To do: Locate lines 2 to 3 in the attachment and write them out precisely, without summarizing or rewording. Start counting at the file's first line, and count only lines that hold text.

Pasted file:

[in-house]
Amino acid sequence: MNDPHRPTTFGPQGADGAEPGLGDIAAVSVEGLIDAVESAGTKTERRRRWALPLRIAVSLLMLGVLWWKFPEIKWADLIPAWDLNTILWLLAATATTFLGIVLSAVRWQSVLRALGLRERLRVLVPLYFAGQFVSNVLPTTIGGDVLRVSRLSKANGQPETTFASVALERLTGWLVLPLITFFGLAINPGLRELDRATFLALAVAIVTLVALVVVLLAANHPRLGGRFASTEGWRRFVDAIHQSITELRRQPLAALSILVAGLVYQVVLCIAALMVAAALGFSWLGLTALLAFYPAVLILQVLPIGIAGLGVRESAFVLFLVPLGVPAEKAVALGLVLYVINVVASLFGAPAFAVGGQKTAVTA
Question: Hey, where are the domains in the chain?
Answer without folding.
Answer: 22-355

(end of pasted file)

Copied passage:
Amino acid sequence: MNDPHRPTTFGPQGADGAEPGLGDIAAVSVEGLIDAVESAGTKTERRRRWALPLRIAVSLLMLGVLWWKFPEIKWADLIPAWDLNTILWLLAATATTFLGIVLSAVRWQSVLRALGLRERLRVLVPLYFAGQFVSNVLPTTIGGDVLRVSRLSKANGQPETTFASVALERLTGWLVLPLITFFGLAINPGLRELDRATFLALAVAIVTLVALVVVLLAANHPRLGGRFASTEGWRRFVDAIHQSITELRRQPLAALSILVAGLVYQVVLCIAALMVAAALGFSWLGLTALLAFYPAVLILQVLPIGIAGLGVRESAFVLFLVPLGVPAEKAVALGLVLYVINVVASLFGAPAFAVGGQKTAVTA
Question: Hey, where are the domains in the chain?